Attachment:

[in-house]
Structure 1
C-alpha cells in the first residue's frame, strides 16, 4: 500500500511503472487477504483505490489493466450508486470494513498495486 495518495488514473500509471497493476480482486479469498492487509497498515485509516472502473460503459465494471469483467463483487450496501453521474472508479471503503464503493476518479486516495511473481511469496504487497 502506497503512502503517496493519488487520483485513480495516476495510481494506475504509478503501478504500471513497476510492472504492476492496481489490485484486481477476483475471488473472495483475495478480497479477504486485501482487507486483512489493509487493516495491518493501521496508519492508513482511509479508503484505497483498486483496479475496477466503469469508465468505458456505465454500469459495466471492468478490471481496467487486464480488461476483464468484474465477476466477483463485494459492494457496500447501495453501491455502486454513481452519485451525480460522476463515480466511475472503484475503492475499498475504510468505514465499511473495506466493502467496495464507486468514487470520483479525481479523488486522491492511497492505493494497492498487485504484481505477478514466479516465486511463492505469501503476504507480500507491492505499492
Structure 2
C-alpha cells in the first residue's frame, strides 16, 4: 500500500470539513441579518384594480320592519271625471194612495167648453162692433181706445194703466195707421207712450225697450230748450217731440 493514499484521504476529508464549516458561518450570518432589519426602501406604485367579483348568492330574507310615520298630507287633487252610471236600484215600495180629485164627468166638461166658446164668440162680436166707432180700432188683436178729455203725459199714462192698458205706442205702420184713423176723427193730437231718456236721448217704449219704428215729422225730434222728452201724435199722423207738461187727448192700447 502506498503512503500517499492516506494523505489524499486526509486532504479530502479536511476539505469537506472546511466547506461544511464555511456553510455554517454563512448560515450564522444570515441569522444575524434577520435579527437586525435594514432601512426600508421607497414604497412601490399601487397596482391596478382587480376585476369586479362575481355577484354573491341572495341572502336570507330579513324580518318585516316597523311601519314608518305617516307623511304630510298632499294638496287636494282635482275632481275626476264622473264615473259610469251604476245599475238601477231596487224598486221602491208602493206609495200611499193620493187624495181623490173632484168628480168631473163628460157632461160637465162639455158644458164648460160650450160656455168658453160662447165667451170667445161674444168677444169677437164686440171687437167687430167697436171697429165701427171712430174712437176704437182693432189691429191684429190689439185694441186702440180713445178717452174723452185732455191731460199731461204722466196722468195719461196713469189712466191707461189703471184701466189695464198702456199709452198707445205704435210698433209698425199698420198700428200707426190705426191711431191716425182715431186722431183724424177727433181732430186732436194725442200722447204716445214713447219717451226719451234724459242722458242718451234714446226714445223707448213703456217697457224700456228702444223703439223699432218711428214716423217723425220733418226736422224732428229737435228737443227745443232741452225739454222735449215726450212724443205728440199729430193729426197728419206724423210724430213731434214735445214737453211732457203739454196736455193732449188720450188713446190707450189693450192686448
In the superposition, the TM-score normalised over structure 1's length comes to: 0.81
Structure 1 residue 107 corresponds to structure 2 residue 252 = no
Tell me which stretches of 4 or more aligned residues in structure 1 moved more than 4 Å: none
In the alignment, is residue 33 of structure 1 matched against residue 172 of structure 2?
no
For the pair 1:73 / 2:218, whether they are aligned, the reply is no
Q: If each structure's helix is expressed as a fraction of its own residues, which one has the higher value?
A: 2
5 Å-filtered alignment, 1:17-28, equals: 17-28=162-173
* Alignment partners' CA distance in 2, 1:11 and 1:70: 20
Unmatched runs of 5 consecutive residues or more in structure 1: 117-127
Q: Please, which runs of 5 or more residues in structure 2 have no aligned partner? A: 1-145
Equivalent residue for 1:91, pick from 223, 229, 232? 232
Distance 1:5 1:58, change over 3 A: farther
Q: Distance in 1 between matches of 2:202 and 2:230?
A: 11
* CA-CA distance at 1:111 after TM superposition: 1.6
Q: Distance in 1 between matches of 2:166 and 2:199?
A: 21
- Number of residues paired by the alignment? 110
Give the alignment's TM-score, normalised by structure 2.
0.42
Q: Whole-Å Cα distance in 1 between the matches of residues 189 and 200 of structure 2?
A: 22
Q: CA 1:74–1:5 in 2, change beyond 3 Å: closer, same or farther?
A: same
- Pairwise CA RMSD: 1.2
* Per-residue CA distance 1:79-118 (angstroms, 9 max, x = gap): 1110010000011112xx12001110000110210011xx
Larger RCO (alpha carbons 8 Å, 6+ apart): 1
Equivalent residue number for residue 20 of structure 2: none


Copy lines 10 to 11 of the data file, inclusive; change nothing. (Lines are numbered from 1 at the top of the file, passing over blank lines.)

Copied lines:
no
For the pair 1:73 / 2:218, whether they are aligned, the reply is no